There are many benefits to teaching children more than one language. Some of the benfits are: language coactivation (when you hear a word you don’t recognize, your brain automatically idenitfies it in both languages), the executive function is activated differently (different parts of the brain are activated in comparison to monolingual children and it transefers that information differently), it benefits the child’s self-esteem, and they have a deeper cognitive development. That being said, I’ve spoken to our son in Spanish since he was in the womb. I make it a point to only speak to him in Spanish and my husband speaks to him in English.
My son completed his first year of Pre-K Dual Language. We are really happy with all the work his teacher did with him. He can speak and listen without support. He knows his letters, numbers, colors, days of the week, and months in Spanish. He loves to sing and dance. He is not only proud to speak the language, but also proud of his culture. Now that summer is upon us, he only has me to speak Spanish with him.
It’s been a while since I’ve taught children Spanish, so I had to do some research on how to start Spanish literacy with him. I found some great resources online. I am focusing on the vowels first and then starting him on learning open syllables (for example, he is learning ma, me, mi, mo, mu this week). Here are some activities he is completing. We do about 20-30 minutes of structured literacy activities per day. The rest of the time is conversational and games. The key is to make it fun!
Tips for kids 0-5– read a lot in Spanish, name everything around you in Spanish, sing songs, read poems, and play games. If one parent is choosing to speak Spanish (or any other language besides English) to the child, do not switch to English. Your child has to know you only respond and they get what they in need in Spanish. Check out your local libraries for read alouds and sing alongs. It’s great modeling for your child.
Disclaimer- I do not expect my son to read this young. He’s very curious about reading, but I know he has more than 2 years to master it. It’s important for my husband and I to nurture his home language. So he will learn to read in Spanish first.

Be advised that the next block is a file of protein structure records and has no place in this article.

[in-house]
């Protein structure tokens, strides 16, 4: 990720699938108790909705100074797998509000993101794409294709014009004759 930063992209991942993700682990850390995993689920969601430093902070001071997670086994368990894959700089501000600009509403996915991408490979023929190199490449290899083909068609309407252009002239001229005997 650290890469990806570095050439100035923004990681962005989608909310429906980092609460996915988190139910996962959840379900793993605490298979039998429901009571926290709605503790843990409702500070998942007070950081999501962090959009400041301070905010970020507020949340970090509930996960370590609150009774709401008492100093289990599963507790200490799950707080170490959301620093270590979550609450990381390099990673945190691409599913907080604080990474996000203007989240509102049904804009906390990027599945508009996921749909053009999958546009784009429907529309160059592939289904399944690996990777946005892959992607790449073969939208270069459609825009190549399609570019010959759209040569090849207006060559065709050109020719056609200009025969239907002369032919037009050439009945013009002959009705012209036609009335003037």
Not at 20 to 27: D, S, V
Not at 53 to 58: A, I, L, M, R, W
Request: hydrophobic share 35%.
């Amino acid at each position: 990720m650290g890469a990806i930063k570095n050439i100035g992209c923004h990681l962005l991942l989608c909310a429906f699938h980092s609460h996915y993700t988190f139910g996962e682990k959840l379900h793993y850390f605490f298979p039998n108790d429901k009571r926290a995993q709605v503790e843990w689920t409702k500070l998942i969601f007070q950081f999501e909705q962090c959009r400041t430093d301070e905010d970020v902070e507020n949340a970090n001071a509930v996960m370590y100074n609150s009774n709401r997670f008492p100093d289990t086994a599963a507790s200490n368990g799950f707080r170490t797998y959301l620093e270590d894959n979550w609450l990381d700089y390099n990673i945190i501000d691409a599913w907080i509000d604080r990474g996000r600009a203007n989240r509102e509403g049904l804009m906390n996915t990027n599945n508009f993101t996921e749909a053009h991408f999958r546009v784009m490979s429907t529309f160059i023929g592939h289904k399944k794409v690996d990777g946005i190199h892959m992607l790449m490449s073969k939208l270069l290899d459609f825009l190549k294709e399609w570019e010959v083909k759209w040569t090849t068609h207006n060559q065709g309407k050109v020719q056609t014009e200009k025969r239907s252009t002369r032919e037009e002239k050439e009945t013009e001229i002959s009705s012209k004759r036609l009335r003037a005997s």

Summer is here! The sunsets at 8:30 pm- 9:00 pm and why have an early bedtime, right? It is definitely hard to get our little one to settle down and get ready for bed. What I’ve learned is that routine is important and makes everyone’s life easier. During the summer sticking to that schedule can make it even more challenging. A lot kids are at camp or with grandparents, so schedules are non-existant for some. I am fortunate enough to stay home with my son all summer. He has a mix of fun mom and dad time, along with camps, and spending time with family. He just completed his first year or pre-k, so I know he is used to a schedule. I’ve given him some time to hang out and not really be on a schedule. He goes to bed late 1-2 nights a week and the rest of the time he sticks to a schedule.
I decided to create a schedule like he has at school. I don’t write the times, I just number each activity. It’s all written in Spanish and my husband drew a small picture next to it. He seems to like it so far. He knows exactly what is going on and he doesn’t ask me, “que hacemos ahora momma?” Here is an example of a schedule. It doesn’t have to be fancy. This family posted it on the fridge which is a great idea. Schedules provide predicablity, stability, sense of routine, a sense of secutiry and I promise you! Minimal meltdowns.!!
Summer in the city is yes! very hot, but it’s also a great playground for children. There are countless places to take them. I like to combine my son’s summer with a scheduled camps with a bit of fun. Here are some fun places I like to take my son in the summer:
Central Park– choose a playground to go to, they are all great, then take your child over to Alice’s Teacup. They will have a blast.
Union Square Playground– It has a very modern layout and it’s gated, so the layout is very convenient.
Museum of Natural History– You can spend the entire day there. Take your own lunch or go to Shake Shack across the street.
Brooklyn Bridge Park– They have a playground, a pool, and a picnic area, not to mention the best ice cream shop and pizza! Check out Lombardi’s and Brooklyn Ice Cream Factory.
Brooklyn Botanic Gardens- They are free every Tuesday
Brooklyn Children’s Museum– It’s a wonderful space and they layout is very easy to watch the kids while they play and discover.
Prospect Park– Zucker Natural Exploration Area- This is a hidden gem in the park. Children climb through hollow trees and pump water.
I try to do a few activities with my son during the week. They are usually arts and crafts and cooking related. One week we made blueberry bars. It’s the easiest recipe ever. The hard part is making the bar look like the one in the recipe picture. I’m not the best baker, but I try. I learned about this recipe in Against All Grains book. It’s a simple recipe and in the process I learned how to make blueberry jam. It’s easy and I can’t believe I didn’t learn this sooner. My son enjoyed spreading the jam on the almond flour dough. I did a lot of the heavy work, but the point is we do the activity together. He learns about measurement, how to read a recipe, and the importance of portions in Spanish. It’s a fun way to learn new words such as “una cucharra” or “una taza.” He feels very proud of himself for knowing Spanish. Here is the picture of the blueberry bars. I don’t want to show my horrible baking. This is better.